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Visitors will wear PPE and social distance, while care homes must implement measures like perspex screens, window visits and special visiting pods – arrangements many care homes already have in place and ready to go.
It follows pressure from charities and families concerned for the welfare of residents – amid heartbreaking reports of how isolation was exacerbating existing conditions like dementia.
Care home residents can meet one other person outside as long as their loved one does not enter the main building.
Outdoor visits with one other person will be permitted, provided it can be accessed by the loved-one without going into the main building.
People will also be encouraged to continue the use of video calls, supported by a multimillion-pound distribution of 11,000 iPad devices to care homes.
The guidance says these rules can be waived for deathbed visits and other exceptional circumstances.
The strict measures come after the virus caused devastation in care homes in the first wave of the pandemic, with nearly 20,000 deaths linked to Covid-19 between March and June.
Family visits to care homes were banned in England until July to curb the spread of the virus among vulnerable residents.
Announcing the move, Health Secretary Matt Hancock said: “I know how heart-breaking and incredibly frustrating it has been for families and friends who haven’t been able to see their loved ones during the pandemic.
“Care homes should feel empowered by this new guidance to look at safe options to allow visits to care homes that suit their residents and facilities. We’ve seen some really innovative solutions used to help families see each other safely, face-to-face, which has been life-changing for some.
“It is vital high quality, compassionate care and infection control remains at the heart of every single care home to protect staff and resident’s lives, but we must allow families to reunite in the safest way possible.”
But Chief executive of the Alzheimer’s Society Kate Lee blasted the new guidance.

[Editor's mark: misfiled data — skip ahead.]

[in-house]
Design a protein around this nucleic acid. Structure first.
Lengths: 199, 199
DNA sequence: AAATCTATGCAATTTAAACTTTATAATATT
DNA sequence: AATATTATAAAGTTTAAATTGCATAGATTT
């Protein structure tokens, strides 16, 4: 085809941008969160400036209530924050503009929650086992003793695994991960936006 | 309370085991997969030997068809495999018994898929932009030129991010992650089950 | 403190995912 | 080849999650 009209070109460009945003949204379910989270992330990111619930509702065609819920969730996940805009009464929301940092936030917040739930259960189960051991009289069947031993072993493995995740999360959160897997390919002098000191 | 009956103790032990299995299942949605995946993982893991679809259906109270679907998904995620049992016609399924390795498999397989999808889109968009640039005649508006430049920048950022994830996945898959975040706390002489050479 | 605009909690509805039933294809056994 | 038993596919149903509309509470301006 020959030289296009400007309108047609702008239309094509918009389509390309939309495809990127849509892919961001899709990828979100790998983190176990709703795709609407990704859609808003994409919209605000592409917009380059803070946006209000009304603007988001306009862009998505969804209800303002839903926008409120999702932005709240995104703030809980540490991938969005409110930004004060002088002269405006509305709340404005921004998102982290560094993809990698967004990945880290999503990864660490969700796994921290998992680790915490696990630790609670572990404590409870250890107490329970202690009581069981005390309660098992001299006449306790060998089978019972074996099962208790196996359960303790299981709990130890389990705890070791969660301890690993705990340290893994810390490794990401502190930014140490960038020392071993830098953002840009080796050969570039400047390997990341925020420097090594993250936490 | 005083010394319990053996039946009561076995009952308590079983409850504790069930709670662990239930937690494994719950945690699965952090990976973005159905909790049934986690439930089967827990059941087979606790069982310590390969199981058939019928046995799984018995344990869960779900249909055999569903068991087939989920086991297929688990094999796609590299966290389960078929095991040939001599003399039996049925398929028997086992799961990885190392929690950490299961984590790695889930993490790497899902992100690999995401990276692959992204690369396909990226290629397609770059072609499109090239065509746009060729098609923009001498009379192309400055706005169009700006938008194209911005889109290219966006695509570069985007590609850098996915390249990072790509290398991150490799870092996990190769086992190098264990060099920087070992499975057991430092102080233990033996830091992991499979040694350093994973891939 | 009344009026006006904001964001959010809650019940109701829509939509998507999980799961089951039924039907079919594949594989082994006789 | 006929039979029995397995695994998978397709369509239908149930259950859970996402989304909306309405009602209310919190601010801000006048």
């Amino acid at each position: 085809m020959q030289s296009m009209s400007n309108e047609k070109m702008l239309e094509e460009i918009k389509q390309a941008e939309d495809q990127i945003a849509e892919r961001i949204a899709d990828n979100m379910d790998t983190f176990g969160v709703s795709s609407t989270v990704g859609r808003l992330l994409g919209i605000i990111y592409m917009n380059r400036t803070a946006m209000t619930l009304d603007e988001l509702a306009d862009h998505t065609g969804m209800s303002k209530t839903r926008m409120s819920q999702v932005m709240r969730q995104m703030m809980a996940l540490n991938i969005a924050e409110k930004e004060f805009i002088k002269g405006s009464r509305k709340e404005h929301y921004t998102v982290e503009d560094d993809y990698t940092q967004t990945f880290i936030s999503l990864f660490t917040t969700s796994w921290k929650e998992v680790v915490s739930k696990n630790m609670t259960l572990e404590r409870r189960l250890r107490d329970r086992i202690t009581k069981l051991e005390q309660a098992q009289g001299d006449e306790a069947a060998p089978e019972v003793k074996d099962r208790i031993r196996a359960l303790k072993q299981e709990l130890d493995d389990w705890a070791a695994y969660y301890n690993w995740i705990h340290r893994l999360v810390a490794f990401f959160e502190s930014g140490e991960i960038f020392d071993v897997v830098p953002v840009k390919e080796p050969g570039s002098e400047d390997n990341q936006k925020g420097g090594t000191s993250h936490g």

“We’re devastated by today’s new care home visitor guidance – it totally misses the point. This attempt to protect people will kill them,” she said.
“The prison style screens the government proposes – with people speaking through phones – are frankly ridiculous when you consider someone with advanced dementia can often be bed-bound and struggling to speak.
“They won’t understand and will be distressed by what’s going on around them.
“Aside from the naive assumption that care homes have the resource, the space, and time to build these screens. Distraught families will read this news and despair.”
The Department for Health and Social Care said plans are currently being developed to allow specific family and friends to visit care homes supported by a testing programme, although trials will not begin until later this month.
A new national programme for weekly testing of professionals who regularly visit care homes, including community nurses and physiotherapists, will also be rolled out in the coming weeks following a successful local pilot, the Government said.
Minister for Care, Helen Whately said: “I know how incredibly hard visiting restrictions have been for families, friends and residents in care homes. There is no escaping the pain and the very real consequences of being separated for such a long period of time. The accounts I have heard personally are truly heart-breaking, especially where care homes have been unable to reopen for visiting during the summer.
“I am determined to bring loved ones back together even during this second wave of the pandemic; that’s why I am advising care homes to enable Covid-secure visits across the country.
“We are also working to trial testing for visitors, so that we can reduce the risk of indoor visits and give families more opportunities to spend time with relatives in care homes.
“We must get the balance right between reuniting families and ensuring care staff and residents are safe from COVID-19.”
Annabel James, founder of Agespace.org, said allowing people to visit loved ones in a care home is vital for their wellbeing.
“As restrictions tighten up again, families must be able to visit loved ones in care homes. It’s not just a human right, but a vital part of the care of the individual,” she said.
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